I am excited about the ACGA, as it will provide me the tools, training, benchmarking, and networking opportunities I have been looking for as a government audit professional. The Board and The IIA are committed to making the center a resource that significantly enhances services to the government sector, which has been underserved.
One of the Board’s most important strategic objectives in the coming year is our “One IIA” goal. The IIA, through its headquarters staff and volunteer leaders at all levels, will partner to be viewed as “One IIA” to effectively deliver products and services to the profession and its stakeholders. We want to make sure we meet members’ needs and provide them with exceptional value for their membership. Our intent is to define our unified brand message, taxonomy, standards, guidelines, and issues platform. We will centralize and integrate communications via IIA publications, including SmartBriefs, Career Compass, and IIA Connection.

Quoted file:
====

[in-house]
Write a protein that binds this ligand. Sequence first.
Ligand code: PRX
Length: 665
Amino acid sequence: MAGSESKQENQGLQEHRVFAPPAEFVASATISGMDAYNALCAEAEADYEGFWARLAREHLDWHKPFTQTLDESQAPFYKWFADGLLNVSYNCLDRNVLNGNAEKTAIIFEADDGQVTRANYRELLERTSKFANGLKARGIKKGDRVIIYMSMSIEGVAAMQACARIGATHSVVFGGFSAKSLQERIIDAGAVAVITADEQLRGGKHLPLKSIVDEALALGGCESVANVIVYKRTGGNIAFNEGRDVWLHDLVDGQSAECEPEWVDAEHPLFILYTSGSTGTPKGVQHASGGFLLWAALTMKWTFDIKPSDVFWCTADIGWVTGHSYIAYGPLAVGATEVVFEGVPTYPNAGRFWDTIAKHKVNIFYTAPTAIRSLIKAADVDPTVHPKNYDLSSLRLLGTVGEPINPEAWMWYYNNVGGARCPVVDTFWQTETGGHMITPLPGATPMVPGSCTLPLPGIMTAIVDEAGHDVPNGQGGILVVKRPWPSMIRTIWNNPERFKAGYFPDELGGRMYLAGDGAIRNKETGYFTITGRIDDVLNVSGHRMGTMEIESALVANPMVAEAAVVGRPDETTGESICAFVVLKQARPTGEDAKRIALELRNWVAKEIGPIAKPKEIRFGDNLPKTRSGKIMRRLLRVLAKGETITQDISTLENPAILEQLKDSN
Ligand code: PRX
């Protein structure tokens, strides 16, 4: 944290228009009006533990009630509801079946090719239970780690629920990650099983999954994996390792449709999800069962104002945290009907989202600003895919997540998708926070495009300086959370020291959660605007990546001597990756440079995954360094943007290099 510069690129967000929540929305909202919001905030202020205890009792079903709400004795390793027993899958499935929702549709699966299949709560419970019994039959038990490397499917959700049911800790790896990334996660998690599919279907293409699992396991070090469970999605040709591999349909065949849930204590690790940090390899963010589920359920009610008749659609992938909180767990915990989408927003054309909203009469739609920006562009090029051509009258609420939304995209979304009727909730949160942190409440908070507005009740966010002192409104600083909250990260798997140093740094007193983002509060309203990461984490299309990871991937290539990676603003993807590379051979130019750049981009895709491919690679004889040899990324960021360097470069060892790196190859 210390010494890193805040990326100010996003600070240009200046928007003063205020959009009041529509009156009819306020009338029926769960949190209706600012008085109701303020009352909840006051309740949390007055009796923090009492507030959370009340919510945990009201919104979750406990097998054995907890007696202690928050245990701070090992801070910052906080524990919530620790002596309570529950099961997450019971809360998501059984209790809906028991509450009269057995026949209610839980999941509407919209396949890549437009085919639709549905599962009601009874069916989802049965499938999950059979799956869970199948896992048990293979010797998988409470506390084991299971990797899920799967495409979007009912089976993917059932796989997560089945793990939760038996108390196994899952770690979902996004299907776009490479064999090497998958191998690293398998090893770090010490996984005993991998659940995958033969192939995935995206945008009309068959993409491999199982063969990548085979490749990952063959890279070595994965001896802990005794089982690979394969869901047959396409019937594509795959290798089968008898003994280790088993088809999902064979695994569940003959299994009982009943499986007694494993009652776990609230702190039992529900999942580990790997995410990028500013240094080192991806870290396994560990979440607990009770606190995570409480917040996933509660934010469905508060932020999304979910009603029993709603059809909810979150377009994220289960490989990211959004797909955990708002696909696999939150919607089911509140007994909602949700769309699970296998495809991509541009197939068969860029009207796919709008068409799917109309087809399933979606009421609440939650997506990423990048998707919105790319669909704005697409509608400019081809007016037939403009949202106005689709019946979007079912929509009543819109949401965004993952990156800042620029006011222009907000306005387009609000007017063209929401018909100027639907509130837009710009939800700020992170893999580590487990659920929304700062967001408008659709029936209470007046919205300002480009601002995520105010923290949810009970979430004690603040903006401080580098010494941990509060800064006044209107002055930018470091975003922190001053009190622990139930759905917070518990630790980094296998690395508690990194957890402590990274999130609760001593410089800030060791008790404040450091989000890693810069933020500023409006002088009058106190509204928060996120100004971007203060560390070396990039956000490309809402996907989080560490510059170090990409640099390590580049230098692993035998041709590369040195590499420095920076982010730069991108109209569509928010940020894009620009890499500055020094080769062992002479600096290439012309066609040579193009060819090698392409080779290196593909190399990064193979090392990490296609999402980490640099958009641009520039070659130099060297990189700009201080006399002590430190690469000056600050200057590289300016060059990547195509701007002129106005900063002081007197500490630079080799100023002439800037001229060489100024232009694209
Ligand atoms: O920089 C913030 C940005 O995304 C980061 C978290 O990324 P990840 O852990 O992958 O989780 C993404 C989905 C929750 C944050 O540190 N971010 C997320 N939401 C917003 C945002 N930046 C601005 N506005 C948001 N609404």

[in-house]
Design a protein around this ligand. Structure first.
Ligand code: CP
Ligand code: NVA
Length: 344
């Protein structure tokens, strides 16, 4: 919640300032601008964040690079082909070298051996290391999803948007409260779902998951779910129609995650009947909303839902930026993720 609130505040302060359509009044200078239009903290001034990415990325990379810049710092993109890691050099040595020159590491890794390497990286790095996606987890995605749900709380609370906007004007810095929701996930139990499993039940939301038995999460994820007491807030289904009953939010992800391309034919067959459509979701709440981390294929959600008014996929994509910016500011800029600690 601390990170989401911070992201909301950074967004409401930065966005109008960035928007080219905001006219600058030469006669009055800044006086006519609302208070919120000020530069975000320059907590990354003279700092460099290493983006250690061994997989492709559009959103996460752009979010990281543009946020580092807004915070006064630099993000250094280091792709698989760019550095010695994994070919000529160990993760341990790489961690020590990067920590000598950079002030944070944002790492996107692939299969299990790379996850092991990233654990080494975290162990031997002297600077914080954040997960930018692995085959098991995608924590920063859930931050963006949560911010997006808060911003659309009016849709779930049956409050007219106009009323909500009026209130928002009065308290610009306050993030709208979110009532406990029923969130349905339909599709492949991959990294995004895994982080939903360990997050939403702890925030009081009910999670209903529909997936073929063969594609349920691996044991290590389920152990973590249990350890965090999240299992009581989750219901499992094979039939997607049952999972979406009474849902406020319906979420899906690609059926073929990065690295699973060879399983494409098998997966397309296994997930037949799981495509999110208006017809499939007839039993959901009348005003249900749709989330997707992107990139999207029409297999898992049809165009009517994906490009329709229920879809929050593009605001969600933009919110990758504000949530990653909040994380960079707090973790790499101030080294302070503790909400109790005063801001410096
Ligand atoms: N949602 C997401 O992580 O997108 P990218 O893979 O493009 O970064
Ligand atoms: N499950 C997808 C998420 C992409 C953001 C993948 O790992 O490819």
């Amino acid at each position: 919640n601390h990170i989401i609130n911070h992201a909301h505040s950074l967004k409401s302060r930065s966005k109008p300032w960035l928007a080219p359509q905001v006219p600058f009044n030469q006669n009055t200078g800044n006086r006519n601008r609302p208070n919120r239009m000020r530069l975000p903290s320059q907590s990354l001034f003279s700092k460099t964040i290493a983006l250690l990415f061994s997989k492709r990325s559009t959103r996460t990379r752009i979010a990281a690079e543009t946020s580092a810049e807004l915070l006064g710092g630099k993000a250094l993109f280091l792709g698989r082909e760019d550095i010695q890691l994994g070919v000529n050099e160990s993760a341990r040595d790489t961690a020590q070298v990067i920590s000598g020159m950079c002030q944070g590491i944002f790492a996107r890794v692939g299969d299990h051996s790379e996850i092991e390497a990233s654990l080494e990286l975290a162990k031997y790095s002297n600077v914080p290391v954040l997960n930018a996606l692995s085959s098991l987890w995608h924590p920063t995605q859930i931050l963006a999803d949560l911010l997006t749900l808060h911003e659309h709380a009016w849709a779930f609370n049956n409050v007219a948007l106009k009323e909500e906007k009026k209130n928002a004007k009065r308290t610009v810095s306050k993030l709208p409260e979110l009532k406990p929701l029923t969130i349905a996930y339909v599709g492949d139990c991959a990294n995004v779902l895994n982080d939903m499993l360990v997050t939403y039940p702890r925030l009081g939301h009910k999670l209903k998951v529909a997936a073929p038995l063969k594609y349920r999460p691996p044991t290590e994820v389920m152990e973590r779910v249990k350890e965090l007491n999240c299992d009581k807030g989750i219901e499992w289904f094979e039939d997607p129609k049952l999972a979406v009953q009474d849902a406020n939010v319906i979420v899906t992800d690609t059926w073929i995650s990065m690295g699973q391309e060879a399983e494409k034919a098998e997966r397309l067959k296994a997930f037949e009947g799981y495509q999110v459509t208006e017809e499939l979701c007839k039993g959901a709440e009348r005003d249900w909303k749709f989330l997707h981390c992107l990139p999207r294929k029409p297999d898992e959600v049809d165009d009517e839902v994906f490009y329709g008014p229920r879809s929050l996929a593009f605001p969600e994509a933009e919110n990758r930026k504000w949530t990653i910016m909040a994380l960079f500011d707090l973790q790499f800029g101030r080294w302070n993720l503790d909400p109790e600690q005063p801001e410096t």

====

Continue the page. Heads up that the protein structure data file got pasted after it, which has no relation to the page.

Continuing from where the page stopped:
Years ago, while attending The IIA’s Leadership Conference in my role as Chapter Relations Committee Chair, several attendees approached me and questioned the lack of diversity on the North American Board. They inquired as to how we could change the Board composition to better reflect The IIA’s membership. Over the past two years, the Board has developed a diversity strategy and outreach program that includes proactively recruiting, encouraging, and assisting in the development of a diverse cross-section of our membership in leadership roles at the committee and Board level. To that end, we have developed a “rising stars” program to engage our young professionals, a mentoring program to develop diverse candidates, succession planning programs at the chapter level to identify and recruit candidates, and an outreach program with various diversity groups and associations to recruit volunteers. We have made significant strides in our volunteer objectives related to membership involvement and committee composition. The one area in which we will still have work to do is engaging our younger professionals.